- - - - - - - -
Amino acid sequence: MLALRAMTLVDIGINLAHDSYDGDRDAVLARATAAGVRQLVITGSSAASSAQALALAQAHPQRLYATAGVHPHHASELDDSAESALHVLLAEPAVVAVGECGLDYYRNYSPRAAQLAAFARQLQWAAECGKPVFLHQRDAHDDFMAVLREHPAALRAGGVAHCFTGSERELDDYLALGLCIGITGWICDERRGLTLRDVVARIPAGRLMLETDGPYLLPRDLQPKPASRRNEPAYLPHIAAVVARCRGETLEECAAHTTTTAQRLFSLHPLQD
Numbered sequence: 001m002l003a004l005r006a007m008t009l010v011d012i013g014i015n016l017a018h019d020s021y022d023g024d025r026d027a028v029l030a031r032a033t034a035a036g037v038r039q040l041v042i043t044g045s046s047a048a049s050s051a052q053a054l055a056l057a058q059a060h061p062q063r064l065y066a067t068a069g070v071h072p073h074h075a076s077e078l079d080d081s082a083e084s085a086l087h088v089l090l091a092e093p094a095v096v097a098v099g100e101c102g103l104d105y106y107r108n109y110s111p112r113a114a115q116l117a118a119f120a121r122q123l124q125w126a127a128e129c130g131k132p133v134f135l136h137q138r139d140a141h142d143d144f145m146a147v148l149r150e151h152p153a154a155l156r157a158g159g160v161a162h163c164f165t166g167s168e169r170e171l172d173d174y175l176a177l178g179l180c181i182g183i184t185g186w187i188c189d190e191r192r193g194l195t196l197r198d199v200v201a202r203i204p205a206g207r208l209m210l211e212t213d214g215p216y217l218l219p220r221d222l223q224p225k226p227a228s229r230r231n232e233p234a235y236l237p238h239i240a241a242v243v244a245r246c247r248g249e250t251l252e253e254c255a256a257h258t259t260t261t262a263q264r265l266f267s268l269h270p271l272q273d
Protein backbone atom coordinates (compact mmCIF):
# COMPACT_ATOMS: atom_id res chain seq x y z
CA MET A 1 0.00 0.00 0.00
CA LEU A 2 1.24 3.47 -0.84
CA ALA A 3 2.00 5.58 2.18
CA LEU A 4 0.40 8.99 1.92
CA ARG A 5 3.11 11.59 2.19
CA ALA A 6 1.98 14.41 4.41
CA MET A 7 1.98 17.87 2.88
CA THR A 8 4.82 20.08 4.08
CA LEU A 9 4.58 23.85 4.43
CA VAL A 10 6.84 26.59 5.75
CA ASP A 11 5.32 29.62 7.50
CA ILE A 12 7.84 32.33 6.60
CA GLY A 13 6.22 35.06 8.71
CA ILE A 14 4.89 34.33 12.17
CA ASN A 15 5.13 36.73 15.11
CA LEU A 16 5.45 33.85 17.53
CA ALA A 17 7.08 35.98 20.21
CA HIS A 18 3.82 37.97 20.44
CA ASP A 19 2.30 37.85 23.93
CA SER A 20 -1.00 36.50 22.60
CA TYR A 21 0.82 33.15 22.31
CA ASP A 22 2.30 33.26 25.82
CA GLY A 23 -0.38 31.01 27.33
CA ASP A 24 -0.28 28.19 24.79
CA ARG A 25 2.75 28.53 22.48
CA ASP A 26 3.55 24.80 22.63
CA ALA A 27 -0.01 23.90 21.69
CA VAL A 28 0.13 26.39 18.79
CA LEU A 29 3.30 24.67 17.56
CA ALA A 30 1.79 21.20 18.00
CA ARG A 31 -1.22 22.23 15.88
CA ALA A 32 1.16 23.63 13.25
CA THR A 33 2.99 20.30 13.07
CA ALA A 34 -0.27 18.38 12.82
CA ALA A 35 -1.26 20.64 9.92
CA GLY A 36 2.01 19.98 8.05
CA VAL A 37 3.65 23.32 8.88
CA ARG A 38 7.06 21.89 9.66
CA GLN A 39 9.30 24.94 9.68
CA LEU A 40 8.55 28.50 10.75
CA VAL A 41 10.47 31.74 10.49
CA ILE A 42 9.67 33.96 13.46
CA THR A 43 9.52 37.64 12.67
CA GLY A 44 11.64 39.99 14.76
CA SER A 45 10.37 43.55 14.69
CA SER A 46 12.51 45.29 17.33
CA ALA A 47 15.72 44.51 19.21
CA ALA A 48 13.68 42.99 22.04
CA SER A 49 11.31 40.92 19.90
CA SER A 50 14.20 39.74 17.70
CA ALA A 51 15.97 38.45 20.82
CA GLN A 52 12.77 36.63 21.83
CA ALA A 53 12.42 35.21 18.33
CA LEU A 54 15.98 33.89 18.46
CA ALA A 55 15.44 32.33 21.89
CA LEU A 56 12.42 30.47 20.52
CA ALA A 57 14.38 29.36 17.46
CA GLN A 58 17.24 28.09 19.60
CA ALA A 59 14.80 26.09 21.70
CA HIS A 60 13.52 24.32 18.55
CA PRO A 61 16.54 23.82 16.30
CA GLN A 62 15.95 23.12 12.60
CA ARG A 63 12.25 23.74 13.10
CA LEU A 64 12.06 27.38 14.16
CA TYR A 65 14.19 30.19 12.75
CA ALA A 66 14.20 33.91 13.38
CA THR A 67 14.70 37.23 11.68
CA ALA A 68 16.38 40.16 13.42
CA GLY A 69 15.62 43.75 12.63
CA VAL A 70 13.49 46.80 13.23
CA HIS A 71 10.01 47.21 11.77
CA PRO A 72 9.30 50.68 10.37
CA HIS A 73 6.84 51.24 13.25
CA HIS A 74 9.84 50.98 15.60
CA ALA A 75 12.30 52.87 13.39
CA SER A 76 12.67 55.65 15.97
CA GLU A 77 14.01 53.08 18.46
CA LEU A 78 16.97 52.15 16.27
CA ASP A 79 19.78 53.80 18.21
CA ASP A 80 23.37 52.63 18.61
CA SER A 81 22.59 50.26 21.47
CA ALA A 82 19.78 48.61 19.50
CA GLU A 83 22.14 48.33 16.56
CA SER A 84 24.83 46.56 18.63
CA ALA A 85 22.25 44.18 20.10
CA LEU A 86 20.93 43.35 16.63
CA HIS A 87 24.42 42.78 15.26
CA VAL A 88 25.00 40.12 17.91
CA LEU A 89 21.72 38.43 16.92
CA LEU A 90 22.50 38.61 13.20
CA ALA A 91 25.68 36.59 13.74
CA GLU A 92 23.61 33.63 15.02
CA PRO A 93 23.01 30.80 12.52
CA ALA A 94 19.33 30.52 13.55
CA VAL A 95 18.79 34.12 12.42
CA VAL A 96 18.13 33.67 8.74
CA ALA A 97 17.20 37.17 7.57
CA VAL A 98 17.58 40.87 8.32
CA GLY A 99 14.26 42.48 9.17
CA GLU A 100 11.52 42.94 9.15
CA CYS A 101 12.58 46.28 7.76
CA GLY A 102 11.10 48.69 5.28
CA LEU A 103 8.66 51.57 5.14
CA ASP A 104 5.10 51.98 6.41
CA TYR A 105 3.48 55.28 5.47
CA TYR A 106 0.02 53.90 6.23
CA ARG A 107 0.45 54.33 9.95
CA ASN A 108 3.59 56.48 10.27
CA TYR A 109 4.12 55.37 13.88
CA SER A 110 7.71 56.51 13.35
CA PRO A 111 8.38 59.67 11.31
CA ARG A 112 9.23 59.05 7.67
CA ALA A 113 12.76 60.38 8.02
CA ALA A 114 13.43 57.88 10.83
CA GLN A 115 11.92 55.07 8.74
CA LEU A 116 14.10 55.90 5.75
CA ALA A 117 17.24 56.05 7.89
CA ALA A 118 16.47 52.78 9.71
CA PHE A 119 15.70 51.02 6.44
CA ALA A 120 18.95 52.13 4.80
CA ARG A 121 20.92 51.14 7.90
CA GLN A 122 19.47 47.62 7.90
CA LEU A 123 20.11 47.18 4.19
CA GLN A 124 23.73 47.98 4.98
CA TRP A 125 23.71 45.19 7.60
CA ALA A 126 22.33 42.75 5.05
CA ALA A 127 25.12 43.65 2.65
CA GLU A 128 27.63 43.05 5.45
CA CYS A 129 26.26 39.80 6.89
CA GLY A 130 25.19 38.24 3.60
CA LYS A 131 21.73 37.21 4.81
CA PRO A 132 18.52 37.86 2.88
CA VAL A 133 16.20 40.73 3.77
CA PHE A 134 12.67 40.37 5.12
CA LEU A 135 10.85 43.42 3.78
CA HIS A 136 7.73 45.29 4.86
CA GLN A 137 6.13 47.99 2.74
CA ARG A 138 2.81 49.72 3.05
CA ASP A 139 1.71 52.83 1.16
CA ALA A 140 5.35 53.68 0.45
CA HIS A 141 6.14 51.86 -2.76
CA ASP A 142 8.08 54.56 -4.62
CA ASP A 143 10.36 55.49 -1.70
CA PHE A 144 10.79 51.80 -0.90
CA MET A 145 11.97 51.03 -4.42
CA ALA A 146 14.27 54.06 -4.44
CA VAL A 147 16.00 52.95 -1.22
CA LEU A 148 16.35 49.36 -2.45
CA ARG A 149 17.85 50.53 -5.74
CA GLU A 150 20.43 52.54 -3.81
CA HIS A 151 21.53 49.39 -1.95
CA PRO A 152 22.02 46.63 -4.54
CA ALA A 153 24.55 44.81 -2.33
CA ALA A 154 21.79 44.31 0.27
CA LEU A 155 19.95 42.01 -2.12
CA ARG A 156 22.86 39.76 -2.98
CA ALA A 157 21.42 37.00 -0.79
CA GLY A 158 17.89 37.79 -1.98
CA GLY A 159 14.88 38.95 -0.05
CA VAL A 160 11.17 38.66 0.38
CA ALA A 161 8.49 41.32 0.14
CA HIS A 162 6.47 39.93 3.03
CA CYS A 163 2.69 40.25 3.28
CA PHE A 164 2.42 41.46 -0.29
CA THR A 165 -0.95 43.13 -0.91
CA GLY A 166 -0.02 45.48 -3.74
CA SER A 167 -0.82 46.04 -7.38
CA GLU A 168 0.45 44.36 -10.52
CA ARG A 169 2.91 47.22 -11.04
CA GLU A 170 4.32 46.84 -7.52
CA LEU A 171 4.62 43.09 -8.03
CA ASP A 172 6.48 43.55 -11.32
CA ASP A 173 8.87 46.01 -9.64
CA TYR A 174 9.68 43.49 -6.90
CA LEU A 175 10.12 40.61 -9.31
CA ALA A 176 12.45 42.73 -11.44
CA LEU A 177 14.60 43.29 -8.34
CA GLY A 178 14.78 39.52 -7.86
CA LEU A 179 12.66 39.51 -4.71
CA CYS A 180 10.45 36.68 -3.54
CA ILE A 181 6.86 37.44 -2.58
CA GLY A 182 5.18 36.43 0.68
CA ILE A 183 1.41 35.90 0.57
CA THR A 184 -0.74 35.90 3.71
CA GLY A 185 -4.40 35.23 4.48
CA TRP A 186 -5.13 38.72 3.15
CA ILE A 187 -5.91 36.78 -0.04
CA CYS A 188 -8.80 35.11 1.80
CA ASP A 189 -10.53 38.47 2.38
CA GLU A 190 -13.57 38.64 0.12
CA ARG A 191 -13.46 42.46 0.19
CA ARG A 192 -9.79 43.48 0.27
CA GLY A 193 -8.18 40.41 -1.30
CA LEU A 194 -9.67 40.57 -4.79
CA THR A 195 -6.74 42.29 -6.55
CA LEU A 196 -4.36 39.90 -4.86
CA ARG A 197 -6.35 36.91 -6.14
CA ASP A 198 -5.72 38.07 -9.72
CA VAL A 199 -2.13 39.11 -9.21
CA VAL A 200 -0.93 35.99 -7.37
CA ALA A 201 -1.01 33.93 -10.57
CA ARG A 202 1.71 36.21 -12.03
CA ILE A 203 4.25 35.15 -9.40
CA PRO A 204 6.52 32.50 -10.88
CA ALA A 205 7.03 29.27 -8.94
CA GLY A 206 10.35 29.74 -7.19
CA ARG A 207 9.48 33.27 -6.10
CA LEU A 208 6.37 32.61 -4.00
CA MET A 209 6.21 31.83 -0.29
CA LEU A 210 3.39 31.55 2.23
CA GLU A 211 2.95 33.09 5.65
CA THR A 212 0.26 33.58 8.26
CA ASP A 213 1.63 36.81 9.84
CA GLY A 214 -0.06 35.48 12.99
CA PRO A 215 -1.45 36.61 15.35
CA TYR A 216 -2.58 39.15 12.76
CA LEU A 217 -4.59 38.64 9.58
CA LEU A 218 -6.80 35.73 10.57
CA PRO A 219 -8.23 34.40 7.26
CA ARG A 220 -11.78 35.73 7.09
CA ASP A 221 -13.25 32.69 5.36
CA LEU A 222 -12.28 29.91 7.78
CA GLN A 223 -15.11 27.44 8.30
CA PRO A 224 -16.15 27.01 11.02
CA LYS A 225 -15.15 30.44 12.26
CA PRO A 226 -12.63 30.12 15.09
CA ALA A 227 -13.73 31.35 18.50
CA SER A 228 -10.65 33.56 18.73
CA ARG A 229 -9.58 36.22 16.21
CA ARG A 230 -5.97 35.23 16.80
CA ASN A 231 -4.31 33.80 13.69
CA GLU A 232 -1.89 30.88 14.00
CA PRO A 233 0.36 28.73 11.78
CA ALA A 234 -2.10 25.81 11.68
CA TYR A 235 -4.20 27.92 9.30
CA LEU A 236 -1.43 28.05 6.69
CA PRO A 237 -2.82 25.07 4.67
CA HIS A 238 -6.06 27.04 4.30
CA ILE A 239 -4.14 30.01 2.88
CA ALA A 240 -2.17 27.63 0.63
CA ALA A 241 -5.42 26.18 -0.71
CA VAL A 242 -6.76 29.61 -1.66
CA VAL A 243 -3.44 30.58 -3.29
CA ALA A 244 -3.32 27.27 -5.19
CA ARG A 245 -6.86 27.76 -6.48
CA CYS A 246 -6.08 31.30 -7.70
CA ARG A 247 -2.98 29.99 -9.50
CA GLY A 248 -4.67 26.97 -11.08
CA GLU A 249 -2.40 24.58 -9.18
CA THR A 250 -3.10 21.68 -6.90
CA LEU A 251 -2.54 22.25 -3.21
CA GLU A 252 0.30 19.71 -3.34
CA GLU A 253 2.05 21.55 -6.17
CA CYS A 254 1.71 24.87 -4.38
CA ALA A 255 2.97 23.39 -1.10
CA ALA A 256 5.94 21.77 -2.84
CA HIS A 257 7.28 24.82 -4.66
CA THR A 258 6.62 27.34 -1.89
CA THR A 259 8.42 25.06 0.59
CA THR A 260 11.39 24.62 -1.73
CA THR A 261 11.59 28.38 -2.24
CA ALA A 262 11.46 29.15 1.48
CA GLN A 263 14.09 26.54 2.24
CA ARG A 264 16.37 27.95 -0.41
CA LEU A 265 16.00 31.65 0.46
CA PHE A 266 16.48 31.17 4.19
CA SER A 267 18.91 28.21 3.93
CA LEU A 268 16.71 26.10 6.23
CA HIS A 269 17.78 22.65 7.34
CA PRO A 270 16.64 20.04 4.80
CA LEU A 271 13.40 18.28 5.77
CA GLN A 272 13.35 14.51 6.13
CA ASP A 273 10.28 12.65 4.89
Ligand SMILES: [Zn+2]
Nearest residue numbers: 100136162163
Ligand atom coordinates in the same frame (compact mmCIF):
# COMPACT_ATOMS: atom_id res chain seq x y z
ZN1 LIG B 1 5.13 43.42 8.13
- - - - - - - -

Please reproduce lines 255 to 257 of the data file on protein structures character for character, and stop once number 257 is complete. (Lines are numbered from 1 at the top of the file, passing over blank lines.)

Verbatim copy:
CA LEU A 251 -2.54 22.25 -3.21
CA GLU A 252 0.30 19.71 -3.34
CA GLU A 253 2.05 21.55 -6.17